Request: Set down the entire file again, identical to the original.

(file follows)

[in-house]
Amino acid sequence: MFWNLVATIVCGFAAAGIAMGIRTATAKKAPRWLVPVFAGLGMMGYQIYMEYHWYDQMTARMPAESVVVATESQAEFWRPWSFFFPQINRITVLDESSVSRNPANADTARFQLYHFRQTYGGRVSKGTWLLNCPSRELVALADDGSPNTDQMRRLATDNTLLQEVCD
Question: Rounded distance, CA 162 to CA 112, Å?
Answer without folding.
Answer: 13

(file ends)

[in-house]
Amino acid sequence: MFWNLVATIVCGFAAAGIAMGIRTATAKKAPRWLVPVFAGLGMMGYQIYMEYHWYDQMTARMPAESVVVATESQAEFWRPWSFFFPQINRITVLDESSVSRNPANADTARFQLYHFRQTYGGRVSKGTWLLNCPSRELVALADDGSPNTDQMRRLATDNTLLQEVCD
Question: Rounded distance, CA 162 to CA 112, Å?
Answer without folding.
Answer: 13